Martin and Varadkar reject idea of coalition with Sinn Féin

McDonald tells MacGill Summer School debate FG and FF should ‘kiss and make up’

Micheál Martin said he had a huge issue with some in Sinn Féin calling those who took part in the Boston College oral history project “touts and informers”. Photograph: Alan Betson

Micheál Martin said he had a huge issue with some in Sinn Féin calling those who took part in the Boston College oral history project “touts and informers”. Photograph: Alan Betson

Wed, Jul 23, 2014, 01:00

Fianna Fáil leader Micheál Martin has said his party will not go into Government with Sinn Féin, while Minister for Health Leo Varadkar said he “cannot envisage” a Fine Gael-Sinn Féin Coalition.

The pair were taking part in a debate on restoring “trust between governors and the governed” at the MacGill Summer School, in Glenties, Co Donegal, last night alongside Sinn Féin deputy leader Mary Lou McDonald.

Ms McDonald, for her part, said Fianna Fáil and Fine Gael should “kiss and make up” and end the Civil War politics between the two parties.

The comments were made in a question-and-answer session, with moderator Seán O’Rourke asking about different coalition permutations following the next general election. While Mr Varadkar and Mr Martin did not directly address queries about whether their parties will share power, they were more definitive about Sinn Féin.

“I can’t envisage a Coalition between Fine Gael and Sinn Féin,” Mr Varadkar said, citing its past, as well as its current policies.

Mr Martin was more clear-cut. “I’ve said we’re not going into power with Sinn Féin,” he said.

‘Touts and informers’

Ms McDonald was asked from the floor about Sinn Féin’s attitude to whistleblowers in Northern Ireland. She said she hoped a situation could develop where people felt free to tell their stories and said it could make “whistleblowers of everybody”. She also said only Gerry Adams could answer questions on his membership of the IRA, but said he had done so repeatedly already. However, Mr Martin said he had a huge issue with some in Sinn Féin calling those who took part in the Boston College oral history project “touts and informers”.

During the speeches, Mr Varadkar said politicians should have enough trust in voters to turn down demands for projects like schools rather than giving into every request. He also said politicians should be prepared to tell people such proposals are not good ideas, even if the Government of the day could afford them.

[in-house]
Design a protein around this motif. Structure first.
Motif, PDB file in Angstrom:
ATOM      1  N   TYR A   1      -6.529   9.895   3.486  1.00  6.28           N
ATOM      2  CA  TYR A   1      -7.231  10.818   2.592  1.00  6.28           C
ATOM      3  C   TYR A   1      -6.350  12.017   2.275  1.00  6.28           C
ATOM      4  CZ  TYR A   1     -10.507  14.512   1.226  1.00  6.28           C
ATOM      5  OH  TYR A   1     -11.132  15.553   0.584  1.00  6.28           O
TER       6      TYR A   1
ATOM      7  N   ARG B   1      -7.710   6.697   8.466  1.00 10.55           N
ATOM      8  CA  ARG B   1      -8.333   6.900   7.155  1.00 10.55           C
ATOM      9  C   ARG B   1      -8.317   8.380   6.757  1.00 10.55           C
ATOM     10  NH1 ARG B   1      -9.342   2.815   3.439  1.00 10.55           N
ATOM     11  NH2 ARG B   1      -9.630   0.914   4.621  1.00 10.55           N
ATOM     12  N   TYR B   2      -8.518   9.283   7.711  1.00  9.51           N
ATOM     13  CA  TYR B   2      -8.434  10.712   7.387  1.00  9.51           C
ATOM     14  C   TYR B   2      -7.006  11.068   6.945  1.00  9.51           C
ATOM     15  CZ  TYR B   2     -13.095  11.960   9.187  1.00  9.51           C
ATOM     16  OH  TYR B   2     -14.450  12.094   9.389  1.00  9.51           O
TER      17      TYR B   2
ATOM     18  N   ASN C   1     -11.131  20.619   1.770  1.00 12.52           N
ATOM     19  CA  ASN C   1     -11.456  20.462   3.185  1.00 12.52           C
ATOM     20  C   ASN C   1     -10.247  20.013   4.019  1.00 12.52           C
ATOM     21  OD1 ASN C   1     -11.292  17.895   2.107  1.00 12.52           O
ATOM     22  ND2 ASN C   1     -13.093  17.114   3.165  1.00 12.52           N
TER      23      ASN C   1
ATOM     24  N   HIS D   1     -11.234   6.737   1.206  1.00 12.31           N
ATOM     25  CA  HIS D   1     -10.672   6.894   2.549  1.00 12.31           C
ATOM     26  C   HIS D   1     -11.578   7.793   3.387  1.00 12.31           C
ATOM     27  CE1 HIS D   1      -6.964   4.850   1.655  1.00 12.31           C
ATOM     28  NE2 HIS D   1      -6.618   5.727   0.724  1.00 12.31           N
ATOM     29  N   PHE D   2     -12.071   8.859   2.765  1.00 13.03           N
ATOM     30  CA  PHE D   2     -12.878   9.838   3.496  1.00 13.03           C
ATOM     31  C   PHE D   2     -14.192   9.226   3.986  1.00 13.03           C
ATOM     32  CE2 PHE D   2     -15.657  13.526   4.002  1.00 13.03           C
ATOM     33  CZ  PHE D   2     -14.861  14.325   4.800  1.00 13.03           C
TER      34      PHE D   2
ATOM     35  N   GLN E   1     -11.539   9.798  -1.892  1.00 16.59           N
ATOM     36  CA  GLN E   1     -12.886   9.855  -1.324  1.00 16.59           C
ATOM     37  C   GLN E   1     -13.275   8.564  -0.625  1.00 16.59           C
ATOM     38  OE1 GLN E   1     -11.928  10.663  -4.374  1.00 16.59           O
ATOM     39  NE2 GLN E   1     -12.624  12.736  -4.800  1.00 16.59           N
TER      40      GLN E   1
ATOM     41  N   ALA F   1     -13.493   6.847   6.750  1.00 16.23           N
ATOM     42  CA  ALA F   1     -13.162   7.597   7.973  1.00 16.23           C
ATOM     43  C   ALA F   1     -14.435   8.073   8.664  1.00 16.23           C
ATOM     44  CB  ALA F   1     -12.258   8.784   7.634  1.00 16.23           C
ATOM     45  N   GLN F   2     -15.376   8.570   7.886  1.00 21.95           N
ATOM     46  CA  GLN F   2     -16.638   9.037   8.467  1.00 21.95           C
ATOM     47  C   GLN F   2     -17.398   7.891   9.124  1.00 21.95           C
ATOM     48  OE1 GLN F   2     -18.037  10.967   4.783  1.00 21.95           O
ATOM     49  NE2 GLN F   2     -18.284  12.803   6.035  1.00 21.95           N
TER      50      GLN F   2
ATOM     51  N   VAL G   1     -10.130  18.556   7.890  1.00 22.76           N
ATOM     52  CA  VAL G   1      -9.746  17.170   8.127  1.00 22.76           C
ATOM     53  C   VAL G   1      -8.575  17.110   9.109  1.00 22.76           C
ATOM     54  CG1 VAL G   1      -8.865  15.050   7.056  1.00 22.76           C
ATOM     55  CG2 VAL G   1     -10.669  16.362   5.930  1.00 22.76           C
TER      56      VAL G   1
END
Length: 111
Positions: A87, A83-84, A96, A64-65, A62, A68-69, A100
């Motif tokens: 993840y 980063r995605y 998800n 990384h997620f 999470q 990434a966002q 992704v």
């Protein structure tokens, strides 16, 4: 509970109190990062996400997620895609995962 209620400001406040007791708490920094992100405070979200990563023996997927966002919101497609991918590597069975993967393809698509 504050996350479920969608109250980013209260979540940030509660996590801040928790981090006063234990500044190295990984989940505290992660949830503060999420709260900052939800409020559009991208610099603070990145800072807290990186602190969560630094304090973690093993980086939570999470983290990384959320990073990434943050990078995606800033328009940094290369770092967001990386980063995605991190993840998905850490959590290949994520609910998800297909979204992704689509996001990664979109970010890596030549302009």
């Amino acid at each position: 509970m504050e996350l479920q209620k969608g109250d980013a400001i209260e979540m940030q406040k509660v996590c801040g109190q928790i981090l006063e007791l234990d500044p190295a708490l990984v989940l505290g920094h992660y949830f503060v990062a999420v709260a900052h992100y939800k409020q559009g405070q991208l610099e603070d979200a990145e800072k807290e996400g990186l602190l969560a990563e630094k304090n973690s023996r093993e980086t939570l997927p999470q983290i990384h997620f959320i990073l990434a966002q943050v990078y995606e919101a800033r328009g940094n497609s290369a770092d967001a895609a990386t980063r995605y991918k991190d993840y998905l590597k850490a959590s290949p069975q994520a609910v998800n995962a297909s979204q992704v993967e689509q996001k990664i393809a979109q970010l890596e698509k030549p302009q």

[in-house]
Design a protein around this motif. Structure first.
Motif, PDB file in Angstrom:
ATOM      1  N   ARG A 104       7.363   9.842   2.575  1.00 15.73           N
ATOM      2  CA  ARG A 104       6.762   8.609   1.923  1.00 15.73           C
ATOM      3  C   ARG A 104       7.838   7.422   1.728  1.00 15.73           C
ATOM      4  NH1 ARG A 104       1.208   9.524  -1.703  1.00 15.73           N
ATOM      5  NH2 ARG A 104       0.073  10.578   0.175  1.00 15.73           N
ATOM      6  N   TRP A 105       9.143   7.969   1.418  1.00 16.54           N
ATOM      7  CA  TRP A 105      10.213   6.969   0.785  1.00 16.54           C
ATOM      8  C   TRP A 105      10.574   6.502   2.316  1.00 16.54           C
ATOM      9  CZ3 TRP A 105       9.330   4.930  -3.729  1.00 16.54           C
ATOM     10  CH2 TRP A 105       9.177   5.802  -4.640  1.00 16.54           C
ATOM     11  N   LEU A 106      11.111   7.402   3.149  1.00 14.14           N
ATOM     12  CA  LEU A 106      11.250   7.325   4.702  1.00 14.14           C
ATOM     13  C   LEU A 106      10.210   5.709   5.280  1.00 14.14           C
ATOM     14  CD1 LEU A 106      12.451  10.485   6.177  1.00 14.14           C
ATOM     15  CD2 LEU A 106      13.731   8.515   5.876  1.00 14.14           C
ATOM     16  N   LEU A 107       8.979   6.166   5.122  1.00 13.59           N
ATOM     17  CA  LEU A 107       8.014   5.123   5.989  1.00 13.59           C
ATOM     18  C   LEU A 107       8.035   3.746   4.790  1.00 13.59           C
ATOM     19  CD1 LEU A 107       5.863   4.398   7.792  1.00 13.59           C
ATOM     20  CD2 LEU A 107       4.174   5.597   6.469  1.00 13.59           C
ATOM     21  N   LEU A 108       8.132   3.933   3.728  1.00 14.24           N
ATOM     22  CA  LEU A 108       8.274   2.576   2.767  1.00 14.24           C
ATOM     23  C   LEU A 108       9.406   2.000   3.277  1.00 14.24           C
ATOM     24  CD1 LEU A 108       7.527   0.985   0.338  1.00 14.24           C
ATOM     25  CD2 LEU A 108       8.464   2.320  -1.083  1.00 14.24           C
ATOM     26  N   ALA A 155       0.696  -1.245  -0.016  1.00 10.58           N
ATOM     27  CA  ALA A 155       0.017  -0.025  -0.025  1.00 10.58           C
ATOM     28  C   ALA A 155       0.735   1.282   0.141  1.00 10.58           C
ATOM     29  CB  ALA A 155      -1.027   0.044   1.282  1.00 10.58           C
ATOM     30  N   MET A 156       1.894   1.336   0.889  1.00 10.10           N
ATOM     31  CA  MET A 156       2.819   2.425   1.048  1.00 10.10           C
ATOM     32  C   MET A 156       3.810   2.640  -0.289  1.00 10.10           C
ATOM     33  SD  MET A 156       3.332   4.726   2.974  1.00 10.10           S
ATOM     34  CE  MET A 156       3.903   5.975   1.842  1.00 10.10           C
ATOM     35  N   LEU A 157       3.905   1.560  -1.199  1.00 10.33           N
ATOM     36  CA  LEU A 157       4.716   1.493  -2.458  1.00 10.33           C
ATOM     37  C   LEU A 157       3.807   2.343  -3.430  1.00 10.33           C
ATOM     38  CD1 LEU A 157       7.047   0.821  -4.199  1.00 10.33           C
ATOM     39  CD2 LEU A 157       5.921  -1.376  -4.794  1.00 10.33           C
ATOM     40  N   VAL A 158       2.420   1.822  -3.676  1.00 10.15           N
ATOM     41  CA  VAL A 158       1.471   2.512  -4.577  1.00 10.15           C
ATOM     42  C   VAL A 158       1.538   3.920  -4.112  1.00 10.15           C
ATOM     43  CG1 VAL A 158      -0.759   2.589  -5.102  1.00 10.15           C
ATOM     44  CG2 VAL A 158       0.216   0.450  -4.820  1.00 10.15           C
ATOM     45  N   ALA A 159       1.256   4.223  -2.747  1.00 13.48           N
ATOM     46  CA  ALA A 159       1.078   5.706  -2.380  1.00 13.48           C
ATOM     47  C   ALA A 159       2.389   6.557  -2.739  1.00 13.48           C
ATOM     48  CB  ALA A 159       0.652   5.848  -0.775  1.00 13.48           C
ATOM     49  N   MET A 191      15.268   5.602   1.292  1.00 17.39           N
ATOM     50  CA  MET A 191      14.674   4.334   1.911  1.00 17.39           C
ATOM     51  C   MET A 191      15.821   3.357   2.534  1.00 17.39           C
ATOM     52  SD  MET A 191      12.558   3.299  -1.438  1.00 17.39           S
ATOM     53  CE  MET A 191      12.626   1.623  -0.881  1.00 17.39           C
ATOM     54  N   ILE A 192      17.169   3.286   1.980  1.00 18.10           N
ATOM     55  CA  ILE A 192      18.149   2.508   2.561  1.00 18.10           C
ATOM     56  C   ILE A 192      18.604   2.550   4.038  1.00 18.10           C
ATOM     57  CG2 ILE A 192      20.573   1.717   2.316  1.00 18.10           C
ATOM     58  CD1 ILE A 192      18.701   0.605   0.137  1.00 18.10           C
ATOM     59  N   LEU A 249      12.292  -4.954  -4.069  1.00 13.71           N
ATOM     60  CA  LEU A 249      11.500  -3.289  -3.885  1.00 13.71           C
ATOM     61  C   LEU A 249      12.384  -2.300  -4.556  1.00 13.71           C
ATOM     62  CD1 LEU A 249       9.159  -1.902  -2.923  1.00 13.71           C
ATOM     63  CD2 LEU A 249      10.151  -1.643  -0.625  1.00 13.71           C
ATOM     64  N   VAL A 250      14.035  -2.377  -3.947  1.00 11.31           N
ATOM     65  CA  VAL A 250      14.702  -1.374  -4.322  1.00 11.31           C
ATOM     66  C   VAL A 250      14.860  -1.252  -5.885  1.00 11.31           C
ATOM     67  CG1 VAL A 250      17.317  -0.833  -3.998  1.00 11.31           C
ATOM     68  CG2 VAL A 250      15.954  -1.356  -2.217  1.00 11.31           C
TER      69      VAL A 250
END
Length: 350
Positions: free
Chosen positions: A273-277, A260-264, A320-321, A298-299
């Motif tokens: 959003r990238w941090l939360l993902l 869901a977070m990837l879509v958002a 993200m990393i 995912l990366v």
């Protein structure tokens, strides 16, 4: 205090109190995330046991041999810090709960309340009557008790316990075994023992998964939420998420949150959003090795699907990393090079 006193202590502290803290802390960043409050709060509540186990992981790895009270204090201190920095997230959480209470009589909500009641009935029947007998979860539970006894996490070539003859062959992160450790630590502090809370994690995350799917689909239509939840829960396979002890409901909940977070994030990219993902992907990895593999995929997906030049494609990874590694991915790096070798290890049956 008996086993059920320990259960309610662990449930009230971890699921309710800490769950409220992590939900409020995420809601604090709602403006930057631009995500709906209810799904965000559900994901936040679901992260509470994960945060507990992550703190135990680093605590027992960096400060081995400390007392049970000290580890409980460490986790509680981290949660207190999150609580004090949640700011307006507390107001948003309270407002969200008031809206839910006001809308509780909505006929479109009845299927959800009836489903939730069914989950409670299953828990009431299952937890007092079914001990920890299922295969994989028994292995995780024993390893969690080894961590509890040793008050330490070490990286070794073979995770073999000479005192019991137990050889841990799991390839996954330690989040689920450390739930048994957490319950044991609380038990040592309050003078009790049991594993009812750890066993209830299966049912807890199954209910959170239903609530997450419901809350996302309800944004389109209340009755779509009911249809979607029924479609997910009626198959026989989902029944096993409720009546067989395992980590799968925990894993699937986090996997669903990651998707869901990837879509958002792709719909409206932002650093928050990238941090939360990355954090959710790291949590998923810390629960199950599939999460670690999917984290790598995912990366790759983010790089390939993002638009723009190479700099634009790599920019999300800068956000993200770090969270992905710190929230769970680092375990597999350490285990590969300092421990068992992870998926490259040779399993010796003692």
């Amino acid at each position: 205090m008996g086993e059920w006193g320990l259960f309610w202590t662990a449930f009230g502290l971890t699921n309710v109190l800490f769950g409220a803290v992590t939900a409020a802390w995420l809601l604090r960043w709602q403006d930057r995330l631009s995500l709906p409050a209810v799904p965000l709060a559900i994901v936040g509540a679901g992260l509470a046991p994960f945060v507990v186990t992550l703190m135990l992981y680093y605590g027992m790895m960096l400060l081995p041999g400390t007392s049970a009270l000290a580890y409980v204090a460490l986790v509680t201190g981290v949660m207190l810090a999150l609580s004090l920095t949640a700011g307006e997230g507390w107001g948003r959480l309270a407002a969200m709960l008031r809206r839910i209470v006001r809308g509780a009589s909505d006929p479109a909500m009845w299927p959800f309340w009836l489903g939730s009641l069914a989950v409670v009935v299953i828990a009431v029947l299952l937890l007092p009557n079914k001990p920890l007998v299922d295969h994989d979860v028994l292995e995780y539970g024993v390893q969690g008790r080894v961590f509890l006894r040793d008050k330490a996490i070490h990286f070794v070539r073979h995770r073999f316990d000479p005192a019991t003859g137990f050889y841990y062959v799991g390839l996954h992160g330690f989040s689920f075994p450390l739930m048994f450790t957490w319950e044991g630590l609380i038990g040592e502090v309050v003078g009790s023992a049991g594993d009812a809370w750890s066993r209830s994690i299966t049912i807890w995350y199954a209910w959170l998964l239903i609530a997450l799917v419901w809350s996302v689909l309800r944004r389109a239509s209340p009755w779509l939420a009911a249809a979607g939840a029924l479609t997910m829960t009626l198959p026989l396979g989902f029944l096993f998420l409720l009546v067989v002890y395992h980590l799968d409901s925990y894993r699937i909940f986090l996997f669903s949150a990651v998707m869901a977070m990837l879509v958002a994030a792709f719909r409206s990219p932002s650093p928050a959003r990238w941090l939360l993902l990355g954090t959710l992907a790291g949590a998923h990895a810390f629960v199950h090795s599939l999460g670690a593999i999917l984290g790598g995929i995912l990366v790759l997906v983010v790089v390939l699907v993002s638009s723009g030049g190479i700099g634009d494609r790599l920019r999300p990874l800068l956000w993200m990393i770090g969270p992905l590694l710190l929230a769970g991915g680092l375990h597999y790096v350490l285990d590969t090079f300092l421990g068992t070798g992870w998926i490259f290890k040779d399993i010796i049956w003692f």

Mr Varadkar said that politicians must trust the people before they can earn trust in return, adding: “Time and time again, politicians fail to trust people. We tell them that you can have a school in every village, a university in every large town.

He added: “Until Sinn Fein trusts the people with the truth about its own past, it can never expect a majority of the people to trust it on the key political issues of our time.”

Property bubble

There was too much trust in Fianna Fáil, he argued, to question the wealth of former taoiseach Charles Haughey or the question the policies which led to the property bubble and economic crash. Mr Martin said it the Government is unpopular not because it “took the tough decisions” but because “people believe it has made bad and unfair decisions – and because before the election it made promises which it knew it would not keep”.

Policymaking must be reformed to restore trust in policymaking, he said, claiming that “governing is essentially a closed circle”.

Ms McDonald said trust in politics had been undermined because it is “run by an insider class and corrupted by cronyism”. “If society is divided between the ‘haves and have nots’, where the entitled few hold sway, little wonder that trust is shattered,” she said.

The crash was a further blow, she argued, claiming that as “austerity began” as former ministers retired with “big pensions”.